We also provide Leader and Personal Study Guides that deliver a combination of story, systematic and biblical theology, and missions, while always pointing back to the gospel. Moreover, each session offers in-depth study with discussion questions, drawing small groups and Sunday School classes into a lifestyle of discipleship.

We’ve made print and digital editions available for greater flexibility and easy use. Plus, if you are a minister to children, we have developed so many additional resources.

How has The Gospel Project been received?

Ed Stetzer: To say that the launch of The Gospel Project has been a success, would be putting it mildly. Over 400,000 individual participants, 40,000+ separate groups and 7,000+ churches have already started their journey with The Gospel Project. That’s not counting the many more who sign up for the free trial version every day.

One of the really exciting characteristics of The Gospel Project usage has been how widespread its use has become across a significant variety of denominations and networks. I get excited any time I see theologically strong, missionally compelling content effectively serve in a catalytic role across the scope of the body of Christ. This kingdom advance is energizing!

Anglicans, Charismatics, Baptists, Presbyterians, Methodists, and so many others with other (or no) denomination are using The Gospel Project. We have churches using it in their small groups, Sunday School classes, and home groups. We have individuals using The Gospel Project for their own studies. Needless to say, we have been blown away by the response.

Because we are so excited about how God is using The Gospel Project and would love to see even more churches from various denominational backgrounds giving it a try, we made a full month of The Gospel Project for every age available for free.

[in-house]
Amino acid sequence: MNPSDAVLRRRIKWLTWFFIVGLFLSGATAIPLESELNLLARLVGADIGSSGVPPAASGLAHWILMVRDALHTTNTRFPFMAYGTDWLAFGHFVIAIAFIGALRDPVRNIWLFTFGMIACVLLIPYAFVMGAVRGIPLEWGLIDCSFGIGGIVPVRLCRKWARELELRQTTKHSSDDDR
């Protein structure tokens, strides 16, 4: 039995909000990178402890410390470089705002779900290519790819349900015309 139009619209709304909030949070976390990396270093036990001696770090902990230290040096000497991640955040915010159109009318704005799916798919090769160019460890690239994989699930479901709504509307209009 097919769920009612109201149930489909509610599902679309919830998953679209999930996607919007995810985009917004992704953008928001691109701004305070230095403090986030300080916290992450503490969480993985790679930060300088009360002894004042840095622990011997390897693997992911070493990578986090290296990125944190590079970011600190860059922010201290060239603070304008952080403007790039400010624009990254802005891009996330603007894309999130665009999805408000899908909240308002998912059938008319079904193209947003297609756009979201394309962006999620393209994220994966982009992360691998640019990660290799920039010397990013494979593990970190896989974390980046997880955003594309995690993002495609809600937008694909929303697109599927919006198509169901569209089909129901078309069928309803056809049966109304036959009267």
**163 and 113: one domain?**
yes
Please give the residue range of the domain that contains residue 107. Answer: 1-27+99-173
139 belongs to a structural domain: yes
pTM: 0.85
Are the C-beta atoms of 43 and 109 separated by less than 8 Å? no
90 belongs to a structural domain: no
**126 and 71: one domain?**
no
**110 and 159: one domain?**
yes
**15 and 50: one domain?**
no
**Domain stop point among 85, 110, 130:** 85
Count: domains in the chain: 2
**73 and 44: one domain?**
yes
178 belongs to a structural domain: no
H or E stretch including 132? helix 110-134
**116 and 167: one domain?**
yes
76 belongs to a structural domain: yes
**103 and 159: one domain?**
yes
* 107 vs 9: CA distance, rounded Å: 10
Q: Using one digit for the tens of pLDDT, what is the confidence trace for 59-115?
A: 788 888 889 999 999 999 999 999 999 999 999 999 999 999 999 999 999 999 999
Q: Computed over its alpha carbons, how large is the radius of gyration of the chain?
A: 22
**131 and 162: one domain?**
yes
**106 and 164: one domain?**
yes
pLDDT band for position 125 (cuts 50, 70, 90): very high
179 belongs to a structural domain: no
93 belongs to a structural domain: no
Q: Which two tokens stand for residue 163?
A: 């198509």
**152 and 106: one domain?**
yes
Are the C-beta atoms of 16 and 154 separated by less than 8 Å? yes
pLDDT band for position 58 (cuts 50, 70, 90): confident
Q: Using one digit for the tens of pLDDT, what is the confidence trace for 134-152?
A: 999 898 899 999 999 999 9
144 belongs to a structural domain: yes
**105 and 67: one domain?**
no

Len and I noticed that our book, Jesus: A Theography, was quoted several times in The Gospel Project. Of all the books on Jesus, why include so many quotes from ours in The Gospel Project.

Ed Stetzer: There are many good books on Jesus, and there are many books on Jesus that are not so good. One of the things that we found unique about Jesus: A Theography was that it starts with the Trinity and explores the person and work of Christ through the Old Testament.

Many biographies start in Bethlehem. However, tracing the presence of Jesus throughout the entire Bible demonstrates the unity of the canon and its focus on Christ as the center. We both agree that the written Word is a testimony to the Living Word, so we really appreciated the Christ-centered approach to the big picture of Scripture. Just as you said in the introduction:

The Bible is often viewed as a disjointed array of stories, events, laws, propositions, truths, ethical statements, and moral lessons…But as we will demonstrate in this book, the sixty-six books of the Bible are woven together by a single storyline…and what is the story?…It’s the story of Jesus Christ.

Again, this is very similar to the approach we take with The Gospel Project as an ongoing curriculum for the local church. We want to point people to Jesus. We want people to fall in love with Jesus. We want to show people how the Bible centered on Him!

Let’s say a church was already using The Gospel Project, how could we encourage them to utilize Jesus: A Theography in the life of the church?

Ed Stetzer: In 2 Timothy 2:2 we see that the church is to be a learning community. Passing on of what we learn is vital to the health and spiritual progress of the body as a whole. I think churches have, unfortunately, lowered the bar on learning. Instead, we think it’s best to expect a lot out of those who attend a small group or Sunday School class.

With The Gospel Project we have aimed at providing a curriculum for the church that is deep, but not dry; material that is Christ-centered, story focused, and mission driven. I think Jesus: A Theography is a great compliment to the philosophy of The Gospel Project. So, I would encourage church members to utilize books like Jesus: A Theography for smaller discussion groups or personal devotions alongside The Gospel Project’s on-going curriculum.